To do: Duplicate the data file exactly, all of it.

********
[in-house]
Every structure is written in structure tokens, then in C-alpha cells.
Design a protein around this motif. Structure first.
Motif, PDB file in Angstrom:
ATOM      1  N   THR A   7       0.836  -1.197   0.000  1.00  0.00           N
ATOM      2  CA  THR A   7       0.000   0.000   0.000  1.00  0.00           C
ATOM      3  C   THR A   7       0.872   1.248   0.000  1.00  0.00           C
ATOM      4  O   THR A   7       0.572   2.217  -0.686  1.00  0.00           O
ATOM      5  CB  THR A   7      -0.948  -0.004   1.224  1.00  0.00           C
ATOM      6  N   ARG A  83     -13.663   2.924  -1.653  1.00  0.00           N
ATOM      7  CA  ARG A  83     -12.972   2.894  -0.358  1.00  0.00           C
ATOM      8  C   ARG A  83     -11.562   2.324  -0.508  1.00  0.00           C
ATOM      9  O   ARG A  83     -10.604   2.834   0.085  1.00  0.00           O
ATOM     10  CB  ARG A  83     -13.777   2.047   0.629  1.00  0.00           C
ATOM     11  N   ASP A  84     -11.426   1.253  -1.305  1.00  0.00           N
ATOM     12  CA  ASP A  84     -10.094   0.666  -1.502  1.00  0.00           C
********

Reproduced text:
[in-house]
Every structure is written in structure tokens, then in C-alpha cells.
Design a protein around this motif. Structure first.
Motif, PDB file in Angstrom:
ATOM      1  N   THR A   7       0.836  -1.197   0.000  1.00  0.00           N
ATOM      2  CA  THR A   7       0.000   0.000   0.000  1.00  0.00           C
ATOM      3  C   THR A   7       0.872   1.248   0.000  1.00  0.00           C
ATOM      4  O   THR A   7       0.572   2.217  -0.686  1.00  0.00           O
ATOM      5  CB  THR A   7      -0.948  -0.004   1.224  1.00  0.00           C
ATOM      6  N   ARG A  83     -13.663   2.924  -1.653  1.00  0.00           N
ATOM      7  CA  ARG A  83     -12.972   2.894  -0.358  1.00  0.00           C
ATOM      8  C   ARG A  83     -11.562   2.324  -0.508  1.00  0.00           C
ATOM      9  O   ARG A  83     -10.604   2.834   0.085  1.00  0.00           O
ATOM     10  CB  ARG A  83     -13.777   2.047   0.629  1.00  0.00           C
ATOM     11  N   ASP A  84     -11.426   1.253  -1.305  1.00  0.00           N
ATOM     12  CA  ASP A  84     -10.094   0.666  -1.502  1.00  0.00           C